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Mims v. Ufland


August 1, 2008


The opinion of the court was delivered by: Denise Cote, District Judge


Plaintiff Robert Mims ("Mims") brings this action pursuant to 42 U.S.C. § 1983 alleging various deprivations of his constitutional rights during his incarceration at Green Haven Correctional Facility ("Green Haven"). Mims filed an amended complaint on August 10, 2007, which included causes of action (1) under the Eighth Amendment in connection with a beating he allegedly suffered at the hands of the staff at Green Haven on March 27, 2006 (the "March 27 attack"); (2) under the Due Process Clause in connection with a grievance and a disciplinary proceeding related to the March 27 attack; (3) under the Eighth Amendment for denial of medical care; (4) under New York State law for assault and battery; and (5) under New York State law for general negligence. On August 21, 2007, defendants filed a partial motion to dismiss the state law causes of action, as well as the Eighth Amendment claim alleging denial of medical care. In his opposition, Mims agreed to withdraw his state law claims; an Opinion dated November 21, 2007, denied the motion as to the Eighth Amendment medical care claim.

Defendants now move for partial summary judgment as to (1) the medical care claim, (2) the Due Process claim, and (3) the Eighth Amendment claim arising out of the March 27 attack insofar as it is alleged against defendants Sergeants Scott and Lonzack, and Officers Niles, Rhynders, Tilley, and Stevens, whom defendants claim were not personally involved in the alleged attack.*fn1 In his opposition, Mims withdraws the medical care claim, and all claims against defendants Director Thomas G. Eagen, Green Haven Superintendent Robert Ercole, Director Donald Selsky, and Officer Niles. Mims does defend his Eighth Amendment claim as to the sergeants and officers noted in defendants' summary judgment motion, as well as the due process claim against defendant Hearing Officer Gerard Guiney regarding his conduct of Mims's disciplinary proceeding.*fn2 In reply, defendants reassert that the due process claim should be dismissed, and that Sergeants Scott and Lonzack were not personally involved in the March 27 attack.*fn3 Thus, as presently configured, the claims to be addressed in this motion are the Eighth Amendment claims against Sergeants Scott and Lonzack and the due process claim against Hearing Officer Guiney. For the following reasons, defendants' motion for partial summary judgment is denied in part and granted in part.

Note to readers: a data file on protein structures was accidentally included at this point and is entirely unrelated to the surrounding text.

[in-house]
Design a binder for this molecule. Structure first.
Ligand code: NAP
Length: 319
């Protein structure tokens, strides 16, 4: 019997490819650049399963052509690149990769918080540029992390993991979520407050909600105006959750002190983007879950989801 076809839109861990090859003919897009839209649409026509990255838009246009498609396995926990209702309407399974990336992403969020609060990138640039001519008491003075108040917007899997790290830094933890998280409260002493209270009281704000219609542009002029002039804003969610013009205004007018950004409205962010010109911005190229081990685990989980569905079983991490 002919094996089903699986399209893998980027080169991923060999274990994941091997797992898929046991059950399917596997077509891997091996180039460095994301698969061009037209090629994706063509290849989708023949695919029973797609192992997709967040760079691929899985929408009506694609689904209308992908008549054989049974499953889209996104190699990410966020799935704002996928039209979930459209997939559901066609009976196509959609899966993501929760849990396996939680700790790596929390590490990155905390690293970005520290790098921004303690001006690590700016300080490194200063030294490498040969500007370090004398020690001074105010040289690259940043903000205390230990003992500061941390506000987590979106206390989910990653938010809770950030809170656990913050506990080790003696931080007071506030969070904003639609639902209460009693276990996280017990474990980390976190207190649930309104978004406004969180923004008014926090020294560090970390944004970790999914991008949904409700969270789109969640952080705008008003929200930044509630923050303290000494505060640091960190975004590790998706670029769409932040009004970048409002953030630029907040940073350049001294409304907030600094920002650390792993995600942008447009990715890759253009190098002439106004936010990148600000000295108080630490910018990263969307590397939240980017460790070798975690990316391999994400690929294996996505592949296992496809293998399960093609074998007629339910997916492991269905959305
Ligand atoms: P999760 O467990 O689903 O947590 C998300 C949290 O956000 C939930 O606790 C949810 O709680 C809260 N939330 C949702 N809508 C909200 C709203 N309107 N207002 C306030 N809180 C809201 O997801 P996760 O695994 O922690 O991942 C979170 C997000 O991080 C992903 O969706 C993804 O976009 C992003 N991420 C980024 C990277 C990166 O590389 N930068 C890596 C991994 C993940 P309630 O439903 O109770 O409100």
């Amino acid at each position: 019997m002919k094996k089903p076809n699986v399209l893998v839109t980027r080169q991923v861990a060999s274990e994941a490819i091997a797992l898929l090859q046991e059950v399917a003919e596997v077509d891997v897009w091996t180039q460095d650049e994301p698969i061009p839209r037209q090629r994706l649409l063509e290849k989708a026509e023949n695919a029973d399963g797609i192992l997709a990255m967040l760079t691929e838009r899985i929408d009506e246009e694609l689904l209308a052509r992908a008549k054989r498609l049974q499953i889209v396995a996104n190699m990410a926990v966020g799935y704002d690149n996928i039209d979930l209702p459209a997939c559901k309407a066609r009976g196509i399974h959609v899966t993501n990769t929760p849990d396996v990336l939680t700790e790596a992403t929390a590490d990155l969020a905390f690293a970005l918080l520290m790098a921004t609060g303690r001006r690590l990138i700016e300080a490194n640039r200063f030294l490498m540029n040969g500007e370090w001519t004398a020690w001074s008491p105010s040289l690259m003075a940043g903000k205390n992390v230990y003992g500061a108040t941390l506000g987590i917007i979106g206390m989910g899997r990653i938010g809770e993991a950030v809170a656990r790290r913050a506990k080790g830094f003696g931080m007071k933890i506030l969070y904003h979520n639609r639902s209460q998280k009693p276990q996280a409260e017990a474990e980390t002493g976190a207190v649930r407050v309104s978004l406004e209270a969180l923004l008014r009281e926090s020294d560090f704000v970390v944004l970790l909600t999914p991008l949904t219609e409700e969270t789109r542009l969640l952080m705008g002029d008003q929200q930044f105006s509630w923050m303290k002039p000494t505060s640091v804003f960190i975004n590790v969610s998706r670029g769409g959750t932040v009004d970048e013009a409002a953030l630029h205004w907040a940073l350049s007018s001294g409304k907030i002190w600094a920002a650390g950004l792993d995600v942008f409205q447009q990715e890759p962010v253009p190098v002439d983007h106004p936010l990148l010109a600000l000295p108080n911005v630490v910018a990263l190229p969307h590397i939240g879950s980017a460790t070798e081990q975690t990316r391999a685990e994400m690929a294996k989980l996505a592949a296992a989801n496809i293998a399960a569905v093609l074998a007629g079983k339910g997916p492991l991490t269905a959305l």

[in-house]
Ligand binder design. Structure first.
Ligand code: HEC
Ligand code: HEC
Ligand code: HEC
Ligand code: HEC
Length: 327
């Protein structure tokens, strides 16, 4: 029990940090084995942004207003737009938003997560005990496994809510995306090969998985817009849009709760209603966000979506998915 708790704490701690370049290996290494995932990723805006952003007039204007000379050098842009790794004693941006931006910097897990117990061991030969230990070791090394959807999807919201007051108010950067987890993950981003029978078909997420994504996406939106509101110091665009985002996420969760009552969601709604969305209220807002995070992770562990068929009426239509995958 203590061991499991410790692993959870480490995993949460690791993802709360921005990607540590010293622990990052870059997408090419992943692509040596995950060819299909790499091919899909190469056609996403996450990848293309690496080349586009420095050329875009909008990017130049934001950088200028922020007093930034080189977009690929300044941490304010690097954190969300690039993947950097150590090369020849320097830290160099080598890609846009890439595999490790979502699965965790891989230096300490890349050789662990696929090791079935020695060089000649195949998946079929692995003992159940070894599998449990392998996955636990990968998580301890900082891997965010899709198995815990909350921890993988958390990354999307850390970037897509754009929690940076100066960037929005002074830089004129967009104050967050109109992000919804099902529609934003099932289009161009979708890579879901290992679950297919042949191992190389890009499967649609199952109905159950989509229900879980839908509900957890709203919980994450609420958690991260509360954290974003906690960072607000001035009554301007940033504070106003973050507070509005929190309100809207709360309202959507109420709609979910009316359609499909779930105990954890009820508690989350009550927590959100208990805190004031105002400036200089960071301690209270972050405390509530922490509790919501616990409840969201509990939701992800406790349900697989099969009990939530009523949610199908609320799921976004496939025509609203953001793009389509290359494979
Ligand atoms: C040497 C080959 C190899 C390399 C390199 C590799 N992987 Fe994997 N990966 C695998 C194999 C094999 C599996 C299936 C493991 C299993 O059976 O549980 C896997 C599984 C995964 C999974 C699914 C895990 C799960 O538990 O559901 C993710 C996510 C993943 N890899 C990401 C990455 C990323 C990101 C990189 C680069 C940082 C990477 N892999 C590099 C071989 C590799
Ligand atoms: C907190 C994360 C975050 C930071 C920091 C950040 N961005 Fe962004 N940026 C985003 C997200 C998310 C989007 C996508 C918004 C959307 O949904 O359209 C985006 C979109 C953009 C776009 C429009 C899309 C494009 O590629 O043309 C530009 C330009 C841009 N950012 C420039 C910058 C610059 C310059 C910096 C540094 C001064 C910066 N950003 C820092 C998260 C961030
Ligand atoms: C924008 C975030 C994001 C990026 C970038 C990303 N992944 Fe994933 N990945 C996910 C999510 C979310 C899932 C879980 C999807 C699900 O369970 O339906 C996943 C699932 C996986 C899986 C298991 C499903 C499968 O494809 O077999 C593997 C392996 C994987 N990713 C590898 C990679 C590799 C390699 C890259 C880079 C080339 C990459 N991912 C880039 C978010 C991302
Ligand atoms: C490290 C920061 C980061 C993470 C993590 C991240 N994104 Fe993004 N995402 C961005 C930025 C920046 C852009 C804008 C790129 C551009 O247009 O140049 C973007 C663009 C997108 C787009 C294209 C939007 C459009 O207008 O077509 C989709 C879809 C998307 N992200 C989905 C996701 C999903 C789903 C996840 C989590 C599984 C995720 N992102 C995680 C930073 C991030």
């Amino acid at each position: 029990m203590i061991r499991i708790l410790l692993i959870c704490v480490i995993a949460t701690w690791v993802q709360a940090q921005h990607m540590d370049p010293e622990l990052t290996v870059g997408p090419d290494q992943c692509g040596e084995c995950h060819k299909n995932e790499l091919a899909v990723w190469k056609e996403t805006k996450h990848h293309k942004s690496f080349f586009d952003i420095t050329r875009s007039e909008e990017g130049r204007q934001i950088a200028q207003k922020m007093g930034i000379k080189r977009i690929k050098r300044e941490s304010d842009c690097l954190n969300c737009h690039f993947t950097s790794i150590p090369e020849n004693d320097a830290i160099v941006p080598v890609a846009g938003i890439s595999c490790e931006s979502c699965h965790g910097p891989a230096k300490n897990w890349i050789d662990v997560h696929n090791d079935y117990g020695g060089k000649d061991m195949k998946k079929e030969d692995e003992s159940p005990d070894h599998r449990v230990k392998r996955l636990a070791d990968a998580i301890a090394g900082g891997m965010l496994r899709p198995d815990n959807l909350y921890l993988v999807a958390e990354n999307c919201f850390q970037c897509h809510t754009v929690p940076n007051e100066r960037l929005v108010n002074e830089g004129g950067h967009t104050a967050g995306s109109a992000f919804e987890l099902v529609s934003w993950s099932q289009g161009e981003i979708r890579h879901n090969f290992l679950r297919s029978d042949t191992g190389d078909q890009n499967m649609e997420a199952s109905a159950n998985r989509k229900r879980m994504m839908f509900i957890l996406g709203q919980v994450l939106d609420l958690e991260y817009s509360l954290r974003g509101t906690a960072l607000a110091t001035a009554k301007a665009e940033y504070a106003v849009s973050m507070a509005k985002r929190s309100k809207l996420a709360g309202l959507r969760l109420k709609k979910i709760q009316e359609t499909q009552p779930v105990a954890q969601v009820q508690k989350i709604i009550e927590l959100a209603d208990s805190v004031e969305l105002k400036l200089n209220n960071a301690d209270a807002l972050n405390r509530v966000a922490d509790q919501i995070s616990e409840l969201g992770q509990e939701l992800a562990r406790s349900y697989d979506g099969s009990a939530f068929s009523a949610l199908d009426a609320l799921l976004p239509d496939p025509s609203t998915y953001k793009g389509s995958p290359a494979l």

The following facts are relevant to the issues presented by this motion, and are either undisputed or taken in the light most favorable to Mims, unless otherwise noted. During all relevant times, Mims was incarcerated at Green Haven. On February 13, 2006, while traveling to the evening meal, Mims was confronted by Officer Ufland, who cursed at him and directed him to return to his cell. Afterward, cold food was delivered to Mims and approximately twenty other inmates that had not been permitted to eat at the mess hall. Mims promptly filed a grievance regarding this incident.

The next day, Sergeant Lonzack indicated to Mims that he "had no business" filing a grievance against Officer Ufland and told Mims that he would not process his grievance. Sergeant Lonzack also told Mims that he should "watch [himself]," which Mims understood to be some form of threat. For these actions, Mims also filed a grievance against Sergeant Lonzack.

On the afternoon of March 27, 2006, Officer Ufland again confronted Mims while he, in the company of a group of fellow inmates, was on his way to the mess hall. Again using foul language, Officer Ufland told Mims to stand against a nearby wall so that he could be searched. He was then frisked by another officer, and again told by Officer Ufland to return to his cell. Mims verbally protested, but did return to his cell and began writing up another grievance against Officer Ufland. Upon his return, Mims was placed in "keeplock" status.*fn4